Witchfinder General (1968), aka. The Conqueror Worm, starring Vincent Price, Ian Ogilvy, Rupert Davies
Description of Witchfinder General
In Witchfinder General, a 17th-century British witch hunter during the time of Cromwell’s reign travels the English countryside. Doing his dirty work for the strict purpose of lining his pockets. Completely taking advantage of the civil strife, he terrorizes people and bends them to his will. He forces confessions from “witches” until a military officer risks treason to seek revenge against him.
Witchfinder General, aka. The Conqueror Worm is loosely based on history. There actually was a man named Matthew Hopkins. And he falsely accused hundreds of being witches. And had them murdered. Here, Vincent Price portrays him, in one of his best performances. Price is known for portraying the tragic monster. Someone forced, by circumstances or fate, to do evil things. Not so here. There is nothing remotely sympathetic about the evil, corrupt Hopkins. And Vincent Price plays him as a totally evil, self-serving man. It’s very well done.
Unlike the historical account, here Hopkins is opposed by a young military man. The man’s determined to rescue — and avenge — his beloved. It likely makes for a better movie, but I prefer the historical version. In reality, the peasants had enough. They accuse Hopkins of being a warlock. And burn him at the stake.
Witchfinder General is an excellent film, with excellent performances all around. I recommend it for adult audiences.
Cast of characters
- Vincent Price (House on Haunted Hill) … Matthew Hopkins
- Ian Ogilvy (From Beyond the Grave) … Richard Marshall
- Rupert Davies (Quartermass II) … John Lowes
- Hilary Heath (The Oblong Box) … Sara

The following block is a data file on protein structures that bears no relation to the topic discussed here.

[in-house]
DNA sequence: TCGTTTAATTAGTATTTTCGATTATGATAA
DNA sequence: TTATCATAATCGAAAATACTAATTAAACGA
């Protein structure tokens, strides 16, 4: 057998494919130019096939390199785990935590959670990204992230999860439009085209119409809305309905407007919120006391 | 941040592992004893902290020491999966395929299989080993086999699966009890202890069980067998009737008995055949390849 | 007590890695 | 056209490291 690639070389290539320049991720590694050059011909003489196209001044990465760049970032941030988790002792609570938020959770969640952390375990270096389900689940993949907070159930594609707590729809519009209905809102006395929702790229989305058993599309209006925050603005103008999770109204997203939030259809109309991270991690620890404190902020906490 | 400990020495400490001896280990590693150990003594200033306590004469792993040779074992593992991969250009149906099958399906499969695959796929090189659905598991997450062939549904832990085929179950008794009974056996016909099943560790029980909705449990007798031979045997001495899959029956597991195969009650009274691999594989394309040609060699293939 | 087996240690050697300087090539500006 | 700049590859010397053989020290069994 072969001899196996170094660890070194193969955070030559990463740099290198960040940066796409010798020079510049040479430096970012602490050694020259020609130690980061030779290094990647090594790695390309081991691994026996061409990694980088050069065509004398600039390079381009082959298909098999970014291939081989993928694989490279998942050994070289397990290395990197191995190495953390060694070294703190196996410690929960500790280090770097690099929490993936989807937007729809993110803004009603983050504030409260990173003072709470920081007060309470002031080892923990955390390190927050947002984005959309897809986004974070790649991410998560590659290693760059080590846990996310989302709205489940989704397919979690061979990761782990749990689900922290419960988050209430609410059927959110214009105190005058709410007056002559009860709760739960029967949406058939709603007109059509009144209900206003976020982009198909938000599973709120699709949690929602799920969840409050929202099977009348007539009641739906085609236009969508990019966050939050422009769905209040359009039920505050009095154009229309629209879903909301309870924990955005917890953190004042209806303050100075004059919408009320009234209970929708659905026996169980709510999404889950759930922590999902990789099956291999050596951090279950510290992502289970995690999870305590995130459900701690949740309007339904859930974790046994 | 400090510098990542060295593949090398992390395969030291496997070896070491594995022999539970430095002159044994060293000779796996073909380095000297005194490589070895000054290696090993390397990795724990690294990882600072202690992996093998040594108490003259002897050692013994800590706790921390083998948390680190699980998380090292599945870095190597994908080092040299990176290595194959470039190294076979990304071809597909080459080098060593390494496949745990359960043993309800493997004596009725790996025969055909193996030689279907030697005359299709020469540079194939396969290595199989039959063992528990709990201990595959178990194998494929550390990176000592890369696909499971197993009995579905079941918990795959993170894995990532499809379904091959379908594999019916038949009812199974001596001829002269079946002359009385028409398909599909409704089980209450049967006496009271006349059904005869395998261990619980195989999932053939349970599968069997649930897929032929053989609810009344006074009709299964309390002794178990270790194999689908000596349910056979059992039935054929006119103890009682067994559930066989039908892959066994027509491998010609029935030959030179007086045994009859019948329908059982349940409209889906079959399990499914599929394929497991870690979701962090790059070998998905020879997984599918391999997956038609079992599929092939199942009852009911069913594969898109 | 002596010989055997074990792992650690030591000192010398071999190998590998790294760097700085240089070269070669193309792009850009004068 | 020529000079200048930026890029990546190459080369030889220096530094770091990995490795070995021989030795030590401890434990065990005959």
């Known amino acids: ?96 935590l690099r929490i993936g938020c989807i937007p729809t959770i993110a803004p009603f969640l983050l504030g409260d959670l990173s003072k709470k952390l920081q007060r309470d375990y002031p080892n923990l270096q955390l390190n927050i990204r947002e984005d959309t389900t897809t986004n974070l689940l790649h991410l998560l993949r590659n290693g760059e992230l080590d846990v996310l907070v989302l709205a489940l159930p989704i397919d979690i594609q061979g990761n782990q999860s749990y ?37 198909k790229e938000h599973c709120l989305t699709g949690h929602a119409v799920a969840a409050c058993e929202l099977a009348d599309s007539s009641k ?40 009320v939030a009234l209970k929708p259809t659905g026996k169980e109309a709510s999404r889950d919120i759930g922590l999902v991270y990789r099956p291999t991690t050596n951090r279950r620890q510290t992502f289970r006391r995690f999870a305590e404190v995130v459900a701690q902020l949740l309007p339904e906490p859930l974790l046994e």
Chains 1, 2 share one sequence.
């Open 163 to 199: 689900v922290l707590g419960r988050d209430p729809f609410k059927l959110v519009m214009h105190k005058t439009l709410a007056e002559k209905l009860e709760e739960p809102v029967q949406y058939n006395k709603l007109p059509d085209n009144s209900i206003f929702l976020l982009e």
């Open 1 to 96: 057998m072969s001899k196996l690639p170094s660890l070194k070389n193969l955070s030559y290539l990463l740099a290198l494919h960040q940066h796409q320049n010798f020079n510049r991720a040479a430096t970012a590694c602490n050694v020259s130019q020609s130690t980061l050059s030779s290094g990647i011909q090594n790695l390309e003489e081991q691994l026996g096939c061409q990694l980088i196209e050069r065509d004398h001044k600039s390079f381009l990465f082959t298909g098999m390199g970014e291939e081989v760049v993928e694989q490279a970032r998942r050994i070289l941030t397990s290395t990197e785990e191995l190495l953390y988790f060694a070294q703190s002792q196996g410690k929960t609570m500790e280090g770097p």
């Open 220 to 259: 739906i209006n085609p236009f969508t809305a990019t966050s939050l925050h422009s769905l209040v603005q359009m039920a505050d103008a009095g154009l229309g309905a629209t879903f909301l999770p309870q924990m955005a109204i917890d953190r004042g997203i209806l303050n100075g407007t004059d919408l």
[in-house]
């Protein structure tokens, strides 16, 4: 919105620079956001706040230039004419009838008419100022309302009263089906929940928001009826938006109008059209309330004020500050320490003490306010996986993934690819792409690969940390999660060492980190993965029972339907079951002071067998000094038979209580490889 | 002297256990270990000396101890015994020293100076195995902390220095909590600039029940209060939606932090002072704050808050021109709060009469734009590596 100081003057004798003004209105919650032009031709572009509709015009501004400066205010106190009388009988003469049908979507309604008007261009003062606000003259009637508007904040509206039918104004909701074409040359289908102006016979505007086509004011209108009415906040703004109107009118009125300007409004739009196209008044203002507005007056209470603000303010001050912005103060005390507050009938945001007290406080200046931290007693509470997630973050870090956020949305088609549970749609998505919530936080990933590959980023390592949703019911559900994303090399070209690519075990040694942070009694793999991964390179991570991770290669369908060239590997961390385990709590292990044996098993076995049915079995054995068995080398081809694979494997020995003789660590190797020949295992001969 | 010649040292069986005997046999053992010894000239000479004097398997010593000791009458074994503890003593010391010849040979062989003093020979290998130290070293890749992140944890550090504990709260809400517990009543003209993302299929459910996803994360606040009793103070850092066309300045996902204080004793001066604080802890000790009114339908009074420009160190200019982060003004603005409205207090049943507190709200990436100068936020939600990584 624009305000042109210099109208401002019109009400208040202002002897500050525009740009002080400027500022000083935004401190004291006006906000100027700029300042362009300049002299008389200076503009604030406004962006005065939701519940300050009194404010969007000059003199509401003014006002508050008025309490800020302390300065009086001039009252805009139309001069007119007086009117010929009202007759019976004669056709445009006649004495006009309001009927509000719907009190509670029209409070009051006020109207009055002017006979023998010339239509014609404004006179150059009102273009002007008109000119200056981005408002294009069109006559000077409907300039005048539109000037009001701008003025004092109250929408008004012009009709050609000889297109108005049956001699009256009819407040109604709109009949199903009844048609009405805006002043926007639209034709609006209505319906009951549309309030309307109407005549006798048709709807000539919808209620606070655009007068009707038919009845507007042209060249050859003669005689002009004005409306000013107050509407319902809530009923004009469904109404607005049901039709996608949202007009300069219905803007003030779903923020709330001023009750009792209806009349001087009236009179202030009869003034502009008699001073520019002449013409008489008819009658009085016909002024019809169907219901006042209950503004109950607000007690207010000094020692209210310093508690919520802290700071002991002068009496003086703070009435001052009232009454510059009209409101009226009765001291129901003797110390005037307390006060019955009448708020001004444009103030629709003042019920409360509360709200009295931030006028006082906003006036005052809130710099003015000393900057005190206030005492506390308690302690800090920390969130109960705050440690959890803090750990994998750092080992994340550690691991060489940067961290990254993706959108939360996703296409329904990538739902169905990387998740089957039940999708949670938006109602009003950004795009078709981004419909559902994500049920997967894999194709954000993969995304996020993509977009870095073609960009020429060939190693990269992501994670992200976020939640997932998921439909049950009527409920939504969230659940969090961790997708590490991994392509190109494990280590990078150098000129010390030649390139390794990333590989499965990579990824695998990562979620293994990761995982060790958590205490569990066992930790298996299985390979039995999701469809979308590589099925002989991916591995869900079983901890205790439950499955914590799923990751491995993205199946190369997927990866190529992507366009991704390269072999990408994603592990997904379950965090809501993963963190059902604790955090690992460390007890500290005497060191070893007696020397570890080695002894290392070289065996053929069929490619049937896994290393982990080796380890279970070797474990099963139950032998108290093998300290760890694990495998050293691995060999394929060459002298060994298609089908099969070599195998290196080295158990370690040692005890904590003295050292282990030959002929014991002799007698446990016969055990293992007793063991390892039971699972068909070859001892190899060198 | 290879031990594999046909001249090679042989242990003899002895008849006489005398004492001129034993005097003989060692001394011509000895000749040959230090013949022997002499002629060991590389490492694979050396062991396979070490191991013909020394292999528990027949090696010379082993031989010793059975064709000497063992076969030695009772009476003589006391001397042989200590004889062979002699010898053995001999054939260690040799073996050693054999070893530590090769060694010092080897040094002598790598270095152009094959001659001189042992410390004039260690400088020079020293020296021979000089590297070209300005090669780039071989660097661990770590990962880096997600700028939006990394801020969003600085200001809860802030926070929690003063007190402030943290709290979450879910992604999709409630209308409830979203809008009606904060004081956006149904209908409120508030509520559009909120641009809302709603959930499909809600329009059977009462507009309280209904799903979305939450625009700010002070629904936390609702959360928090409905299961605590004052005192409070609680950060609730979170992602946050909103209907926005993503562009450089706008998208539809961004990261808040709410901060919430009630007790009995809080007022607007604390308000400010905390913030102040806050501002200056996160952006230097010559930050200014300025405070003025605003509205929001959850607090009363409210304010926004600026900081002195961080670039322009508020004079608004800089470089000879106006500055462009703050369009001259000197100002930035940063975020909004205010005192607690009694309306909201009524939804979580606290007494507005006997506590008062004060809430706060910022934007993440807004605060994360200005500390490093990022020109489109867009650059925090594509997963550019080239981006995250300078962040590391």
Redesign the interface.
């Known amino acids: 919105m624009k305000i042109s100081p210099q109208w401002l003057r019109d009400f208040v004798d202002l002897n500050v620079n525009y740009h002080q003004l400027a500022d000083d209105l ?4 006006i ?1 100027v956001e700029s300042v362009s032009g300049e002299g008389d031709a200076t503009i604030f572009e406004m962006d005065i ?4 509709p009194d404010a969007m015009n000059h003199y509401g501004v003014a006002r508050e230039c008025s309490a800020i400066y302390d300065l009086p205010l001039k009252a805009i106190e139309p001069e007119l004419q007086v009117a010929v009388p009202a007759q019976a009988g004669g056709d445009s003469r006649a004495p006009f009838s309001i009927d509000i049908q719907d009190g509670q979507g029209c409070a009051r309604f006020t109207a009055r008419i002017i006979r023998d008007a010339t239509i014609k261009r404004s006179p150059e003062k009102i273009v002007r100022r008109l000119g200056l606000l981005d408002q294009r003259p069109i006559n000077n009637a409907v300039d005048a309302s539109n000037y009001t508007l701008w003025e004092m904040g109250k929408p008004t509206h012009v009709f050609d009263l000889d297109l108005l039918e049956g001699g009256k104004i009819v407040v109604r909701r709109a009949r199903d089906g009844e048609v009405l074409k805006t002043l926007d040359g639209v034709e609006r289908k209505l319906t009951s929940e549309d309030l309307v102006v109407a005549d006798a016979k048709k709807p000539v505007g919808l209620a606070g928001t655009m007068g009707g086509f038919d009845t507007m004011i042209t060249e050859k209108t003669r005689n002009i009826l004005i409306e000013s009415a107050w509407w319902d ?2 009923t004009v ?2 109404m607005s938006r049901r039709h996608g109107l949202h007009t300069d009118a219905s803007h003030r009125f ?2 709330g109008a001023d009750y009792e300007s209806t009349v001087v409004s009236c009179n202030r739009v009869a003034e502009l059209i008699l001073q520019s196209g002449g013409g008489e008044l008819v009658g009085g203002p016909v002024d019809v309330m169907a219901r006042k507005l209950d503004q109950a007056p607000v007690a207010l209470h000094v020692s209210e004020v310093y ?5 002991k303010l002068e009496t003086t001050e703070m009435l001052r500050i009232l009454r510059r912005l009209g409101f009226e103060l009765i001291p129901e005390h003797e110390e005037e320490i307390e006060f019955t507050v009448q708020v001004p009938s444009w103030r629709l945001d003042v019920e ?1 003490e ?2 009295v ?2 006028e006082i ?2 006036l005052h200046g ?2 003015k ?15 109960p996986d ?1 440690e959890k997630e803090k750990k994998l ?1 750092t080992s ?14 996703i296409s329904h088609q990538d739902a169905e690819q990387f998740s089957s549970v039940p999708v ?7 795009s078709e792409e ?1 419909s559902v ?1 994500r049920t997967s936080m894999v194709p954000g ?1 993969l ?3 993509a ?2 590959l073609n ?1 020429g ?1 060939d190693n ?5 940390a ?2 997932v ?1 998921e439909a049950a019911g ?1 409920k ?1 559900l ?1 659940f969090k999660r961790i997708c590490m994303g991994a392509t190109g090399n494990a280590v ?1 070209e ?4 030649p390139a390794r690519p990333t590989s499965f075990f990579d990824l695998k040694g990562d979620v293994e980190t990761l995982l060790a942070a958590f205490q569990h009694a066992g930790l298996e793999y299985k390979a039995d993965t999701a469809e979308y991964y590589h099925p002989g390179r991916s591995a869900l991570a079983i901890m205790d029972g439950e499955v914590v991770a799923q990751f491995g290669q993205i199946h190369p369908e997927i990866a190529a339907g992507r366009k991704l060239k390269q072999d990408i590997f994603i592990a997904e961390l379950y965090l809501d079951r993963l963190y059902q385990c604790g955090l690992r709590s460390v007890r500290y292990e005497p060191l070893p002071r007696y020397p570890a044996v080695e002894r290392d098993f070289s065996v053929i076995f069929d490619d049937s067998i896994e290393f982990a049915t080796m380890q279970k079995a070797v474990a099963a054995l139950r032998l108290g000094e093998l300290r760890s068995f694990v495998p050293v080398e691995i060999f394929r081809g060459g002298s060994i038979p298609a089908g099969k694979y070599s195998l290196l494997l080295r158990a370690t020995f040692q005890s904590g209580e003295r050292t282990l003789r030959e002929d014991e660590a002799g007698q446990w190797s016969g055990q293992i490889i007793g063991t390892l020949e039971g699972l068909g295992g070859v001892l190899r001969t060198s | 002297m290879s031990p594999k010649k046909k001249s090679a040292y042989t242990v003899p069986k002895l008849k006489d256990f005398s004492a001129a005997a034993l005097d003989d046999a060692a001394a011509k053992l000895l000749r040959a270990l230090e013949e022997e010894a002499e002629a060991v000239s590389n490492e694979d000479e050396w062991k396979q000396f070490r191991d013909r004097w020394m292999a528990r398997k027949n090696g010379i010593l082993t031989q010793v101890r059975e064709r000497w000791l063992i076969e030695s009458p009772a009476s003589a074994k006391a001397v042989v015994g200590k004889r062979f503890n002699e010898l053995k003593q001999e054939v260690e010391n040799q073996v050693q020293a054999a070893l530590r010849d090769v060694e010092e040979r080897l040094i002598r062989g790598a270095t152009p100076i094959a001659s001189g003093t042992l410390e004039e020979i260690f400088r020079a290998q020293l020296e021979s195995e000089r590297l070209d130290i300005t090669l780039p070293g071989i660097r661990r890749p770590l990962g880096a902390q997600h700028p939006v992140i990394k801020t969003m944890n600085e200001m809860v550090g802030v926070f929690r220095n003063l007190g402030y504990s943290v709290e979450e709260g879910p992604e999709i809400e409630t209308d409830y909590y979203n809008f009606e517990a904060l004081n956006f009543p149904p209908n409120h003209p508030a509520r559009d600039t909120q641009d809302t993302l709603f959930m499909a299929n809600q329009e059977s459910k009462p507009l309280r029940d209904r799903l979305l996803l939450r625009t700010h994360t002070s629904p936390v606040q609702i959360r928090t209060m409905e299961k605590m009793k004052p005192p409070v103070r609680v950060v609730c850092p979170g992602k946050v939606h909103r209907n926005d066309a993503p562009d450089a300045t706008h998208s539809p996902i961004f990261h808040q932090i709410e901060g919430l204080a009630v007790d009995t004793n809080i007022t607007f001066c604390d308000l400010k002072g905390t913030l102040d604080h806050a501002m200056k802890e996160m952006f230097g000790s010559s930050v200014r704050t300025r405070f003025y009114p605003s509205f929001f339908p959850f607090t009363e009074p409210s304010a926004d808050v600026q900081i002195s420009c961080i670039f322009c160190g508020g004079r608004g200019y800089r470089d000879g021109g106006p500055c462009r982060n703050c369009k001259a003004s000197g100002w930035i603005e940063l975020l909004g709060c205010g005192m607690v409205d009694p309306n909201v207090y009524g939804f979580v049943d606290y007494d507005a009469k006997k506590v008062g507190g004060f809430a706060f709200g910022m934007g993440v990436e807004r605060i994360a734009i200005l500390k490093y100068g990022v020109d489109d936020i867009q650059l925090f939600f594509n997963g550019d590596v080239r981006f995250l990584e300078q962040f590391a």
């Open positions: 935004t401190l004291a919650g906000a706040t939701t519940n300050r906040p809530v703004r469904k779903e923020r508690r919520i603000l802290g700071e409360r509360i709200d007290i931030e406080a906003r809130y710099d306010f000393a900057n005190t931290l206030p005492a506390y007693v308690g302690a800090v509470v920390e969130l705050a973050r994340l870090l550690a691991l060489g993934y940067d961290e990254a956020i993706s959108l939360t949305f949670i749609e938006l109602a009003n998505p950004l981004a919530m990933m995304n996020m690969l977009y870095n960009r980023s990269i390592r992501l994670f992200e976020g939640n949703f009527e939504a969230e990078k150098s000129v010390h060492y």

- Robert Russell … John Stearne
- Nicky Henson … Trooper Swallow
- Tony Selby … Salter
Editorial review of Witchfinder General courtesy of Amazon.com
By consensus, Vincent Price’s finest performance among his gallery of horror-movie rogues comes in Witchfinder General, the intense 1968 film that erased any hint of camp from the actor’s persona. Price plays Matthew Hopkins, a sadistic 17th-century “witchfinder” who uses barbaric methods to identify (and invariably execute) supposed witches. Along with Price’s disciplined work, Witchfinder is also the best film by the talented and ill-fated director Michael Reeves, who was only 24 when he shot the movie. Blessed with a great feeling for English landscapes and an eye for blackly telling details (peasants roasting potatoes in the ashes of a burned witch), Reeves was clearly a promising filmmaker, who died in 1969 from a drug overdose.
The most vivid thing about Witchfinder General is the way it explicitly links paranoia and witch-hunting to misogyny, and how female sexual energy is seen by the ruling order as a threat. The final sequence is perhaps the most harrowing fade-out of any Sixties horror picture, and offers no comforting resolution.
Included on the Witchfinder package is a disc of three featurettes: a half-hour bio, the 12 minute Art of Fear that looks at his horror work (with the expected focus on the other films in this box set), and a 15 minute piece on other actors working with Price (although these actors are not interviewed, just the gallery of experts who speak in the other docs). TheWitchfinder disc includes a valuable backgrounder on the movie, including the story behind the original U.S. release of the film, titled The Conqueror Worm (to cash in on Price’s connection to Edgar Allan Poe works, which this is not), plus a commentary with producer Philip Waddilove and Michael Reeves’ favored leading man, Ian Ogilvy. –Robert Horton